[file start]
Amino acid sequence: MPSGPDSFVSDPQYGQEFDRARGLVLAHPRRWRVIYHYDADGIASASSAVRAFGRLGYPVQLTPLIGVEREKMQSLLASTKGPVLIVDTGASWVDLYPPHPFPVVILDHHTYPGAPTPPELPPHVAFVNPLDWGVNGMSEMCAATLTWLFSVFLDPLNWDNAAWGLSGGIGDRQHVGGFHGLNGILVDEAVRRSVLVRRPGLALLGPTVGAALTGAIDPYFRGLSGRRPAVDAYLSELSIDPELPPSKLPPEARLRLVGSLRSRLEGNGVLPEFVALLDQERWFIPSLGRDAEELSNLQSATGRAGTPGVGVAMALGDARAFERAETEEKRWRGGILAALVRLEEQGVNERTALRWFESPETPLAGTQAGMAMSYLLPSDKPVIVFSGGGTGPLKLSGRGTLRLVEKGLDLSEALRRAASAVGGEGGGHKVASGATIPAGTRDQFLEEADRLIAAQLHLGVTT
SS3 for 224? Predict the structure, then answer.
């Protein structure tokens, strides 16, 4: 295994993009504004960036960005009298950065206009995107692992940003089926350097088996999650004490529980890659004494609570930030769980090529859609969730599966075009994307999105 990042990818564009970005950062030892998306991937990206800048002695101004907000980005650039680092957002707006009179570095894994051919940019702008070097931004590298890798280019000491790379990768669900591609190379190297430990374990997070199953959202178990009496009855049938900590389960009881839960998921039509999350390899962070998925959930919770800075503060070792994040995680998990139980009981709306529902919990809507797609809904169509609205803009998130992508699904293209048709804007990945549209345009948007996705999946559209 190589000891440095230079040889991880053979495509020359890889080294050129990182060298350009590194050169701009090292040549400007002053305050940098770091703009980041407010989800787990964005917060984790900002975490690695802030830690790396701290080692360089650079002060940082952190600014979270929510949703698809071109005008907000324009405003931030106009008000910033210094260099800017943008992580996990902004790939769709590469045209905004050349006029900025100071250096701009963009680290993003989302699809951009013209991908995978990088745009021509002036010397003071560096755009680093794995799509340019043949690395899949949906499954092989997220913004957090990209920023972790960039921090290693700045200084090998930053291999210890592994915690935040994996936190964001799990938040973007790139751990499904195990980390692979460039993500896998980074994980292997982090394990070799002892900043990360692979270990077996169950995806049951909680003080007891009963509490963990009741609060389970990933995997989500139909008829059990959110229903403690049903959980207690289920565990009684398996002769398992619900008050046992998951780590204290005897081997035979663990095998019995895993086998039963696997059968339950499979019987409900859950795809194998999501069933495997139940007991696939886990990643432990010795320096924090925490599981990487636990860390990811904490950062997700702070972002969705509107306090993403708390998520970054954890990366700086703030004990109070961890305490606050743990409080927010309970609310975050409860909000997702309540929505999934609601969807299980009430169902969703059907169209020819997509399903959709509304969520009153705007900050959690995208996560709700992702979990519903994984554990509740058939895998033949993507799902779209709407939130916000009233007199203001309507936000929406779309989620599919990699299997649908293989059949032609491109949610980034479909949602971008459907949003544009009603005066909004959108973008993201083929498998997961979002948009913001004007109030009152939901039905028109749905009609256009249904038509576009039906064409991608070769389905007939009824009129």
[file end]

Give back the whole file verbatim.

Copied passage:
Amino acid sequence: MPSGPDSFVSDPQYGQEFDRARGLVLAHPRRWRVIYHYDADGIASASSAVRAFGRLGYPVQLTPLIGVEREKMQSLLASTKGPVLIVDTGASWVDLYPPHPFPVVILDHHTYPGAPTPPELPPHVAFVNPLDWGVNGMSEMCAATLTWLFSVFLDPLNWDNAAWGLSGGIGDRQHVGGFHGLNGILVDEAVRRSVLVRRPGLALLGPTVGAALTGAIDPYFRGLSGRRPAVDAYLSELSIDPELPPSKLPPEARLRLVGSLRSRLEGNGVLPEFVALLDQERWFIPSLGRDAEELSNLQSATGRAGTPGVGVAMALGDARAFERAETEEKRWRGGILAALVRLEEQGVNERTALRWFESPETPLAGTQAGMAMSYLLPSDKPVIVFSGGGTGPLKLSGRGTLRLVEKGLDLSEALRRAASAVGGEGGGHKVASGATIPAGTRDQFLEEADRLIAAQLHLGVTT
SS3 for 224? Predict the structure, then answer.
């Protein structure tokens, strides 16, 4: 295994993009504004960036960005009298950065206009995107692992940003089926350097088996999650004490529980890659004494609570930030769980090529859609969730599966075009994307999105 990042990818564009970005950062030892998306991937990206800048002695101004907000980005650039680092957002707006009179570095894994051919940019702008070097931004590298890798280019000491790379990768669900591609190379190297430990374990997070199953959202178990009496009855049938900590389960009881839960998921039509999350390899962070998925959930919770800075503060070792994040995680998990139980009981709306529902919990809507797609809904169509609205803009998130992508699904293209048709804007990945549209345009948007996705999946559209 190589000891440095230079040889991880053979495509020359890889080294050129990182060298350009590194050169701009090292040549400007002053305050940098770091703009980041407010989800787990964005917060984790900002975490690695802030830690790396701290080692360089650079002060940082952190600014979270929510949703698809071109005008907000324009405003931030106009008000910033210094260099800017943008992580996990902004790939769709590469045209905004050349006029900025100071250096701009963009680290993003989302699809951009013209991908995978990088745009021509002036010397003071560096755009680093794995799509340019043949690395899949949906499954092989997220913004957090990209920023972790960039921090290693700045200084090998930053291999210890592994915690935040994996936190964001799990938040973007790139751990499904195990980390692979460039993500896998980074994980292997982090394990070799002892900043990360692979270990077996169950995806049951909680003080007891009963509490963990009741609060389970990933995997989500139909008829059990959110229903403690049903959980207690289920565990009684398996002769398992619900008050046992998951780590204290005897081997035979663990095998019995895993086998039963696997059968339950499979019987409900859950795809194998999501069933495997139940007991696939886990990643432990010795320096924090925490599981990487636990860390990811904490950062997700702070972002969705509107306090993403708390998520970054954890990366700086703030004990109070961890305490606050743990409080927010309970609310975050409860909000997702309540929505999934609601969807299980009430169902969703059907169209020819997509399903959709509304969520009153705007900050959690995208996560709700992702979990519903994984554990509740058939895998033949993507799902779209709407939130916000009233007199203001309507936000929406779309989620599919990699299997649908293989059949032609491109949610980034479909949602971008459907949003544009009603005066909004959108973008993201083929498998997961979002948009913001004007109030009152939901039905028109749905009609256009249904038509576009039906064409991608070769389905007939009824009129």